households benefit most from measures introduced in the new budget.
Federal Budget 2015
Low-Income Single Parents
About one-in-five Canadians families are single parent households. It is anticipated that these
families will see some extra cash in their pockets thanks to the doubling of the Universal Child
Care Benefit, which will now max out at $160 per child per month, though it is a fraction of
child care costs across the country. The expanded children's’ fitness tax credits is less likely to
benefit low-income parents, who find extracurricular programs difficult to afford in the first
place. However, parents might also be able to benefit from new job training initiatives that will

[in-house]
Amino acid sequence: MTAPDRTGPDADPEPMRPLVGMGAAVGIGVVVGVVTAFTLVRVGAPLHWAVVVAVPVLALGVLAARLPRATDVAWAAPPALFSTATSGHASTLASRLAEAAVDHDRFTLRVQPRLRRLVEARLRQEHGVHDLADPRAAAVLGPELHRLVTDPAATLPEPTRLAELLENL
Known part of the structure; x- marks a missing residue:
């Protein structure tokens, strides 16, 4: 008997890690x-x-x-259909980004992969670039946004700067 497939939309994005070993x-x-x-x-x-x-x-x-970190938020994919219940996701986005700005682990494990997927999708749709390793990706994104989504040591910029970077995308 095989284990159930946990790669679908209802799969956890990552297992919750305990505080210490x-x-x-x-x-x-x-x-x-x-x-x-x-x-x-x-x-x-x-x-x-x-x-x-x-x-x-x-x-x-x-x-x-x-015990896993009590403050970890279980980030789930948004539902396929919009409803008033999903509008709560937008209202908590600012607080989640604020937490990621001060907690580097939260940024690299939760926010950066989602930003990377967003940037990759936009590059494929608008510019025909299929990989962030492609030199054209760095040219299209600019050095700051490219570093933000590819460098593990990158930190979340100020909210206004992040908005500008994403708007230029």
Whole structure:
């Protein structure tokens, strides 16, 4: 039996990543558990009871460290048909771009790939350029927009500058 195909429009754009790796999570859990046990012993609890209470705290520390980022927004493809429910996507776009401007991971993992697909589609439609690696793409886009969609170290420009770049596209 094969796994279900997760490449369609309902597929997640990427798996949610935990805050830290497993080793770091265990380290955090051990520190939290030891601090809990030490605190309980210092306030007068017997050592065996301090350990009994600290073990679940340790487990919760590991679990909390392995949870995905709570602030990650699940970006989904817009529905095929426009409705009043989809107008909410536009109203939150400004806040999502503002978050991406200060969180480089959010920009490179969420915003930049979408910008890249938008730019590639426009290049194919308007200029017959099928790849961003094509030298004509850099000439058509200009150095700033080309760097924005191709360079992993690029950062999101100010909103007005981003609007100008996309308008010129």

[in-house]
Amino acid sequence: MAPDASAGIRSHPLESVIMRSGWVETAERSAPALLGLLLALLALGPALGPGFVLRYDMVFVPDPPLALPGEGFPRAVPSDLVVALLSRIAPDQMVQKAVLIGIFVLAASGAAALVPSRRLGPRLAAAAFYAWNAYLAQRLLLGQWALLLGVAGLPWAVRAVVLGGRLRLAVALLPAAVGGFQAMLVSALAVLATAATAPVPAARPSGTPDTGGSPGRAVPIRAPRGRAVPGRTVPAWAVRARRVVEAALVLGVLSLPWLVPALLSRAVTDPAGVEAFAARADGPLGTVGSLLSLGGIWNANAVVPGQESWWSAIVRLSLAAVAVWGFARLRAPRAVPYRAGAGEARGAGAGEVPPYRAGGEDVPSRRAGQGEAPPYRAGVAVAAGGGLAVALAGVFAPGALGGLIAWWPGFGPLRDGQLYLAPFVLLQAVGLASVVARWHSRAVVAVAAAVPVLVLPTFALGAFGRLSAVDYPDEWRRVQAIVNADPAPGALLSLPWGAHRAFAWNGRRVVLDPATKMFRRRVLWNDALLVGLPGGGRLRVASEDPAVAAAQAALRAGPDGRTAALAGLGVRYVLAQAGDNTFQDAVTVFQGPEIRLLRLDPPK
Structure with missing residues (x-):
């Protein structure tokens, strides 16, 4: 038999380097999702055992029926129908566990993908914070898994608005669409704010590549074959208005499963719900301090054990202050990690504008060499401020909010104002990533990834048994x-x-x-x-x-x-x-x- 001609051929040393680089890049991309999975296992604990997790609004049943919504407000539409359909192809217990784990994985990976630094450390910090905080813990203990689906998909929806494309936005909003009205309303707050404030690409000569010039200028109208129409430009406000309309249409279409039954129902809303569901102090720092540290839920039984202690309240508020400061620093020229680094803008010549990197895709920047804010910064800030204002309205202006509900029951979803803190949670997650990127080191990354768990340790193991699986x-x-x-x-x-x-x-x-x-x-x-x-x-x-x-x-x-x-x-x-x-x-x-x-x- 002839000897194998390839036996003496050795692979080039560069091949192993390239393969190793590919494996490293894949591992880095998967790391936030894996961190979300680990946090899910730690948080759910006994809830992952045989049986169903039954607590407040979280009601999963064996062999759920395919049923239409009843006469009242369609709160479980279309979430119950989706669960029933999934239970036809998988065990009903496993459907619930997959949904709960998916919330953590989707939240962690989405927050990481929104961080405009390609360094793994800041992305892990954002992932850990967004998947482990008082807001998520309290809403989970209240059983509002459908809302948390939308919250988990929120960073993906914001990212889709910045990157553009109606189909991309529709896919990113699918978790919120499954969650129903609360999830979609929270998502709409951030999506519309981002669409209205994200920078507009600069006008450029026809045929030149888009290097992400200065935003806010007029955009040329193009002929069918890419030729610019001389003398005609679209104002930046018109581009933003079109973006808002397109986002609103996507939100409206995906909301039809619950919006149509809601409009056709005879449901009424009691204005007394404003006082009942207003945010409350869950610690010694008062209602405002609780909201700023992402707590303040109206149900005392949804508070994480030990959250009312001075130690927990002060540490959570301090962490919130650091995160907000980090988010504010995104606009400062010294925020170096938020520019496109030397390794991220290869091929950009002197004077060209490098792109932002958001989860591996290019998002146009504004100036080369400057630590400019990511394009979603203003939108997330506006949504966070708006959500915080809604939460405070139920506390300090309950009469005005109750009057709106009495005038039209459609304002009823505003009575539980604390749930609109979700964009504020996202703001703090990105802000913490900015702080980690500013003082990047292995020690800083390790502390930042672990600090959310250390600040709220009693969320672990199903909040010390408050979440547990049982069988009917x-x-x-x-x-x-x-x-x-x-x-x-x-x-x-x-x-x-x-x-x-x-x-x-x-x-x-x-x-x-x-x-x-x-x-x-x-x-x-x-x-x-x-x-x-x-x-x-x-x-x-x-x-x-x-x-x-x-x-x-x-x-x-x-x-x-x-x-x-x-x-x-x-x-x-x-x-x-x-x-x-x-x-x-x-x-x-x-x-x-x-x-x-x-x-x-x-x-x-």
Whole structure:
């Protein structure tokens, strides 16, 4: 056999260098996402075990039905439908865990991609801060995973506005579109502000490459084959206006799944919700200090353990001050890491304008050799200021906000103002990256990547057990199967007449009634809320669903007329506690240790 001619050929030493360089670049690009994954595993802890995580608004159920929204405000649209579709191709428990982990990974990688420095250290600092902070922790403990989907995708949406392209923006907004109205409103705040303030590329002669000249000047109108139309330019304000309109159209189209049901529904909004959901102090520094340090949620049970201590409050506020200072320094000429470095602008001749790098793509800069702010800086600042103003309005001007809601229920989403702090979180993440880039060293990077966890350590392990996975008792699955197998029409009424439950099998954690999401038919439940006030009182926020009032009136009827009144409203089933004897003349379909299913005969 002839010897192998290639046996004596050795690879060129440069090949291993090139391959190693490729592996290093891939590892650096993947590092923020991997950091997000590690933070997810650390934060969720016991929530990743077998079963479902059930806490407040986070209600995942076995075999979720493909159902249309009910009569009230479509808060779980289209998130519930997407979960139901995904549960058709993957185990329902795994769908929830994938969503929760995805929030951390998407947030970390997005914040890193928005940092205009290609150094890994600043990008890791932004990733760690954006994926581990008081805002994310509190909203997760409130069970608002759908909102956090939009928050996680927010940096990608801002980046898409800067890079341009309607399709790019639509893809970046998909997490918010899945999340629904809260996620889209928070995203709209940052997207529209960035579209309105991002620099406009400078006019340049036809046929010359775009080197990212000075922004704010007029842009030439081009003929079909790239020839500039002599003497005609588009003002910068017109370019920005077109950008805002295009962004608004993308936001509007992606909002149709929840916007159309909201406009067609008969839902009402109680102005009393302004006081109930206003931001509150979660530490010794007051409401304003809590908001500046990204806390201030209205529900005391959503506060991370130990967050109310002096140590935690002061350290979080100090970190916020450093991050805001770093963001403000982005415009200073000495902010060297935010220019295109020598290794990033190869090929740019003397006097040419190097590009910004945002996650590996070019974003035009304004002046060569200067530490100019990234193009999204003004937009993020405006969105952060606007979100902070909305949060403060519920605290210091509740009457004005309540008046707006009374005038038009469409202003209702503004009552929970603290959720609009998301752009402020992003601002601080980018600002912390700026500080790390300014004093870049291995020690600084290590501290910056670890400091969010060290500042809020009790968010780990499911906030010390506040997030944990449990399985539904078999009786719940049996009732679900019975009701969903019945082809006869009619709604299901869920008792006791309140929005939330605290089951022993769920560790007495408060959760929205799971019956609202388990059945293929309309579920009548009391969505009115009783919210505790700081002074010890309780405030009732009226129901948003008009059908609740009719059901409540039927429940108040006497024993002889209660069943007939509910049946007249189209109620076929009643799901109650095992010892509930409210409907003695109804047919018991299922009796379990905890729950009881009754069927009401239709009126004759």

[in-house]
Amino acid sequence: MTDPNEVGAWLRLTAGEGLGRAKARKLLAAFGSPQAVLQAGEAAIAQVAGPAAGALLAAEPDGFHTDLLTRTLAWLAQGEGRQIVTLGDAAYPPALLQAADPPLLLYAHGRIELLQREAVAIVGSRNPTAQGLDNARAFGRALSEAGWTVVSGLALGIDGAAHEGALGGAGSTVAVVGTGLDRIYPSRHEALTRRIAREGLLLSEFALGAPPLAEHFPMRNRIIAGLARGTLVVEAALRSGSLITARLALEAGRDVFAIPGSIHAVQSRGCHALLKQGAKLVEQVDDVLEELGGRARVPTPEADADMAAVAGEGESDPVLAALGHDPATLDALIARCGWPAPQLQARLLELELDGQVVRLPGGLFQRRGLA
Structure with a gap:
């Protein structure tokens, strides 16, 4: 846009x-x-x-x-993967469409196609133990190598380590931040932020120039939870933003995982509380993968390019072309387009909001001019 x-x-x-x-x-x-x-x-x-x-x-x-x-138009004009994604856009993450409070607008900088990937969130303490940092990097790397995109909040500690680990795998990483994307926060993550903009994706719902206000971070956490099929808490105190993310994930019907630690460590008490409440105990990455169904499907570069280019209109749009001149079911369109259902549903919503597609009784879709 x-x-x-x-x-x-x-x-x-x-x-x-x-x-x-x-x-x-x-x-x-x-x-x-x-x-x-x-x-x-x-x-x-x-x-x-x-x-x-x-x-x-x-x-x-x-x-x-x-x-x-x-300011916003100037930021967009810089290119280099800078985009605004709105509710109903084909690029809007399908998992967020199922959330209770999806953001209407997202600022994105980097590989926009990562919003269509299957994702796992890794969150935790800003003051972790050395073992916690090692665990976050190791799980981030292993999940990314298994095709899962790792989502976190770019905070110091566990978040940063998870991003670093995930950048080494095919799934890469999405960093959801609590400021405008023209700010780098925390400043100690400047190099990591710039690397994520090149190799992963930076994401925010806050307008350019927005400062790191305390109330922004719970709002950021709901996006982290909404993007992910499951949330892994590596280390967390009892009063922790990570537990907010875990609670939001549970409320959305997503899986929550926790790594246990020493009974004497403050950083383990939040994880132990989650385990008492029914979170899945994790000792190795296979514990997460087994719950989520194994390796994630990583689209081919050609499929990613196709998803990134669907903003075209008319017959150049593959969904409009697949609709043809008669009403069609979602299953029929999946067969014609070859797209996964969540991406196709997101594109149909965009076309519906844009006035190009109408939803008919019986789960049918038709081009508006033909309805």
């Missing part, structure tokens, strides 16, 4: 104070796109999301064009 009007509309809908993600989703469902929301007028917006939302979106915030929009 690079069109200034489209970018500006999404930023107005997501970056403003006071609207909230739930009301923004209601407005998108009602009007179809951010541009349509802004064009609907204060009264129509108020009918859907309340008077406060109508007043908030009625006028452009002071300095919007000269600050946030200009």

increase eligibility for loans.
Seniors appear to be the biggest winners in this budget as many baby boomers retire. The
document aims to alleviate fears that some people are outliving their savings, especially after
the 2008-2009 recession battered retirement funds. The budget relaxes requirements around
registered retirement income funds, reducing the minimum withdrawal by about 30 per cent.
The doubling of the TFSA limit also benefits seniors, particularly those over 71 who are no
longer allowed to contribute to their RRSPs, thereby providing them with a higher after-tax
income. Seniors also received a renovation tax credit to help make their homes accessible.
Young City-Dwellers
This is a growing demographic and has been hard hit by economic weakness since the
recession, but there was little in the budget to address the issues most affecting them. The